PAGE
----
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Figure 3. Evaluation of long-term spatial and working memory in the Morris water maze. (A) Distance swum (m) before reaching the visible platform during the four trials. (B) Distance swum (m) before reaching the hidden platform during learning (5 days of four trials each). (C) Time spent (%) in the target quadrant during the probe trial (60 s). The dotted line represents the chance level (25%). (D) Distance swum (m) before reaching the hidden platform during the first and second trials (9 sessions). *p < 0.001, statistically significant difference compared to controls and CRS-ALE rats. #p < 0.001, statistically significant difference compared to chance level; $p < 0.001, statistically significant difference compared to the respective first trials. Controls n = 12, DZP-TLE n = 18, CRS-TLE n = 17, CRS-ALE n = 8.

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Long-term spatial learning and memory

In the fixed hidden platform paradigm performed over 5 days, spatial learning of platform location was evaluated (Fig. 3B). ANOVA showed that all groups decreased the distance swum over 5 days as confirmed by a significant day effect (F4,204 = 9.53, p < 0.001) and the absence of group × day interaction. The significant day effect was due to decrease of the distance swum between days 1 and 4 (p < 0.05). However the distance swum to reach the platform varied, as confirmed by a significant group effect (F3,51 = 20.22, p < 0.001). Control (254.1 ± 18.5 cm) and CRS-ALE rats (426.8 ± 132.0 cm) swam a shorter distance per trial than DZP-TLE (1013.8 ± 76.0 cm, p < 0.001) and CRS-TLE rats (950.1 ± 86.1 cm, p < 0.001).

Because motivational or motor biases could invalidate spatial learning evaluation, we rated the rats' velocity reflecting both biases. No significant difference was found between groups. The percentage of time spent in thigmotaxis (swimming at <20 cm from walls) could reflect anxiety or misunderstanding of the task. DZP-TLE (27.87 ± 3.94%, p < 0.01) and CRS-TLE rats (28.69 ± 5.22%, p < 0.05) spent more time in thigmotaxis than controls (4.62 ± 1.25%). CRS-ALE rats (16.60 ± 9.52%) did not differ from any group. Video-recorded path tracks indicated that DZP-TLE and CRS-TLE rats often swam in circles.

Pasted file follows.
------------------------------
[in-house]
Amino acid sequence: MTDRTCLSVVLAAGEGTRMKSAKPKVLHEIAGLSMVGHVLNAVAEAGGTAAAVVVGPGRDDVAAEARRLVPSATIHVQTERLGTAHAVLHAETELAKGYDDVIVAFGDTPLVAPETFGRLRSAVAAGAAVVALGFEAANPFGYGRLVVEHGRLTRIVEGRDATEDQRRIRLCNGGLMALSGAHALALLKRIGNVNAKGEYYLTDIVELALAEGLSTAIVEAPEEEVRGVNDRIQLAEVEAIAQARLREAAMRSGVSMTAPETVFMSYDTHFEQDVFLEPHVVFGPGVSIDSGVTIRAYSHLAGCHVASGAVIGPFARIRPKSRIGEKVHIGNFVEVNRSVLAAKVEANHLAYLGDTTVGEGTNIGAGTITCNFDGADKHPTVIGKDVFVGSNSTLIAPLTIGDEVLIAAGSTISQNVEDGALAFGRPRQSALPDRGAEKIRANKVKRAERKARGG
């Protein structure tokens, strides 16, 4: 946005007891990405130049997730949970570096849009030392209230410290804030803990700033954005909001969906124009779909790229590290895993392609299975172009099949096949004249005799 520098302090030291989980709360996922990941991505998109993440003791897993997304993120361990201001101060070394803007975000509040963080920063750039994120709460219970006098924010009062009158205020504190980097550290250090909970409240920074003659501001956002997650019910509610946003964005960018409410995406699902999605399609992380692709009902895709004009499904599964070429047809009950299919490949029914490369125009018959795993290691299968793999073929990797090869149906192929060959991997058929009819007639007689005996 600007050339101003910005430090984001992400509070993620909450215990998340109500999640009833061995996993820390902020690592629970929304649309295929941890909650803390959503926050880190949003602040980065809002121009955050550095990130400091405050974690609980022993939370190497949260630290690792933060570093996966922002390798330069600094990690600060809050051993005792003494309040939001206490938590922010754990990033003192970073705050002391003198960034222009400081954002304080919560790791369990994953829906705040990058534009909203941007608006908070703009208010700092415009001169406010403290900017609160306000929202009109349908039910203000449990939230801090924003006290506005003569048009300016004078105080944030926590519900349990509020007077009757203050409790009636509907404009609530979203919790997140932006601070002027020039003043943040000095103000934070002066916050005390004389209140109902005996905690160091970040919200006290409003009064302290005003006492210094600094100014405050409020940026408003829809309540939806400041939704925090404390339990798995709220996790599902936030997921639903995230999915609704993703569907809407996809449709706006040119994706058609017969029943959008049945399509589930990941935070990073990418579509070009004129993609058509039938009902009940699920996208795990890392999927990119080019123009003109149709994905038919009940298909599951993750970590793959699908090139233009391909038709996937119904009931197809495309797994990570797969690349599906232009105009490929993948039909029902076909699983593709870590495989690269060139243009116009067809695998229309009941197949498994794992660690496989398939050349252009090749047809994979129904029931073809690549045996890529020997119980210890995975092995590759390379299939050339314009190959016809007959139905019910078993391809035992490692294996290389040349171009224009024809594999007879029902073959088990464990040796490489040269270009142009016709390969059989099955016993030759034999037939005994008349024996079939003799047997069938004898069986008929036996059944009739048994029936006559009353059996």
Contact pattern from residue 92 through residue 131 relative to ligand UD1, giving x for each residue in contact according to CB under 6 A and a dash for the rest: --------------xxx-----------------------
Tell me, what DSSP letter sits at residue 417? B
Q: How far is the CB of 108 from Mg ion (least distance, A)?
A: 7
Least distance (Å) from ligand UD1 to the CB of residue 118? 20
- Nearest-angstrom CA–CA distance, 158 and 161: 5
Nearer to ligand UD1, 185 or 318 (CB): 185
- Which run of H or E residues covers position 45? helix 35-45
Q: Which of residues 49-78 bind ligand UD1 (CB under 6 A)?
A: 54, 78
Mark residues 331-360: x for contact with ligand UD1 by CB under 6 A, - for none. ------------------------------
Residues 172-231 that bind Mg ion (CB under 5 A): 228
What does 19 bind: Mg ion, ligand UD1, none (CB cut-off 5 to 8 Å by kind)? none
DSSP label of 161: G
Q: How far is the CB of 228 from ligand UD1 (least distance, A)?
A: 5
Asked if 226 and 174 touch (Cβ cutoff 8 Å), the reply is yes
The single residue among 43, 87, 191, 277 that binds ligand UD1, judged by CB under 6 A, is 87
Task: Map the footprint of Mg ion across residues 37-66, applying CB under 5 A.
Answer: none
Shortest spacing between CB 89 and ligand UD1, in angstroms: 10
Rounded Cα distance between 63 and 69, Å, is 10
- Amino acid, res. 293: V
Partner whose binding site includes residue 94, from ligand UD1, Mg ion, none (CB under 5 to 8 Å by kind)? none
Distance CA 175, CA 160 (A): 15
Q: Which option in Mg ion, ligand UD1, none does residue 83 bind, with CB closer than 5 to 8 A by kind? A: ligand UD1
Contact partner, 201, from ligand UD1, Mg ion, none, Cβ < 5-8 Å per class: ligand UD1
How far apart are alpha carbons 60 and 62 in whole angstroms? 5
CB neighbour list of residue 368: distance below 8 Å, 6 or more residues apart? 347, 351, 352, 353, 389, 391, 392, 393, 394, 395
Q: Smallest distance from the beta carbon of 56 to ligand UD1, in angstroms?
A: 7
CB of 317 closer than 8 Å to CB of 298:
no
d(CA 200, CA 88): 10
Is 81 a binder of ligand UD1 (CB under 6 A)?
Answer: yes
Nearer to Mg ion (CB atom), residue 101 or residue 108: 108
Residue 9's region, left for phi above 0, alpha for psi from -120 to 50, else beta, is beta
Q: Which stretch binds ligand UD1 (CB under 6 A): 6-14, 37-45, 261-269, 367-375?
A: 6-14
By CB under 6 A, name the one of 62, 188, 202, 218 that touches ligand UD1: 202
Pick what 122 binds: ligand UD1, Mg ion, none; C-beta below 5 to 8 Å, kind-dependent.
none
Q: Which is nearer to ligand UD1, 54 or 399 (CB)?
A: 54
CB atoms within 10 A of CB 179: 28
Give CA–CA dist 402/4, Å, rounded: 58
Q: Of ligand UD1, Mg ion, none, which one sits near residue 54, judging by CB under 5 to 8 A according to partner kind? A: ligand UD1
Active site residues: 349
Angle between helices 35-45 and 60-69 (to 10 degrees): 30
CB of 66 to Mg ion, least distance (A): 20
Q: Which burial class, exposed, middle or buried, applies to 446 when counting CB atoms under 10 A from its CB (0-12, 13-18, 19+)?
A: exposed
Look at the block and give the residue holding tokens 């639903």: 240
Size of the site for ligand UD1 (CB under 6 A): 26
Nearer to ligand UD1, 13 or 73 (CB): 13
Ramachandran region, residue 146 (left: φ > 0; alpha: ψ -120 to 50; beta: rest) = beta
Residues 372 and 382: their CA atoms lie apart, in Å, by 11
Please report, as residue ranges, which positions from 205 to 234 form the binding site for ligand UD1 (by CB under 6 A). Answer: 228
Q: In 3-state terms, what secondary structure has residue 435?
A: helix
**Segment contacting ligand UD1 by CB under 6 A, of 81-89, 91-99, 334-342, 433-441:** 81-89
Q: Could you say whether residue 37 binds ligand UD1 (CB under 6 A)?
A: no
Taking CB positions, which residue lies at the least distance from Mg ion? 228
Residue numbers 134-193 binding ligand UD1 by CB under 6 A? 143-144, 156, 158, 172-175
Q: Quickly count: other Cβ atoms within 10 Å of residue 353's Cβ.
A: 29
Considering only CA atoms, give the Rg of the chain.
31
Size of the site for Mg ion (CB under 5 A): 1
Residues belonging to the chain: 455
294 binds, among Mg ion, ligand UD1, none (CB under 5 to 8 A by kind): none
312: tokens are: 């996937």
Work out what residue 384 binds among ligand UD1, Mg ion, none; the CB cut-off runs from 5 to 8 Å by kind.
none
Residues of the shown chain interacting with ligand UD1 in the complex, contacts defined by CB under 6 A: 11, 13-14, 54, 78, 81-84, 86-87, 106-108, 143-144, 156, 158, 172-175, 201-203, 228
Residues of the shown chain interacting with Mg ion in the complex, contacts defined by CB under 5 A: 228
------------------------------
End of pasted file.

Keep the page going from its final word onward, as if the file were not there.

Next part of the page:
Twenty-four hours later, during a 60 s probe trial (Fig. 3C), only control and CRS-ALE rats spent more time than chance in the target quadrant containing the platform during learning (p < 0.001). ANOVA of the percentage of time spent in the target quadrant revealed a significant group effect (F3,51 = 24.29, p < 0.001) due to shorter time spent by DZP-TLE and CRS-TLE rats than control and CRS-ALE rats (p < 0.001). No difference was observed between control and CRS-ALE rats.

Spatial working memory

For the mean distance swum during the two trials (Fig. 3D), ANOVA revealed significant group (F3,51 = 9.91, p < 0.001) and trial effects (F1,51 = 30.76, p < 0.001), and group × trial interaction (F3,51 = 5.00, p < 0.005). Only control and CRS-ALE rats decreased their swimming distance in the second trial compared to the first one (p < 0.001). During the first trial no group differed from another, whereas during the second trial DZP-TLE and CRS-TLE rats swam a significantly longer distance than control and CRS-ALE rats (p < 0.01).

Double-H

ANOVA of the distance swum to reach the platform during learning (Fig. 4B) revealed a significant group effect (F3,38 = 15.57, p < 0.001) due to longer distance swum by DZP-TLE (419.1 ± 42.0 cm) and CRS-TLE rats (568.9 ± 58.1 cm) compared to control (228.0 ± 4.5 cm, p < 0.01) and CRS-ALE rats (234.2 ± 16.1 cm, p < 0.005). All groups improved performance similarly throughout learning, since ANOVA revealed a significant day effect (F7,266 = 8.02, p < 0.001) in the absence of group × day interaction.

image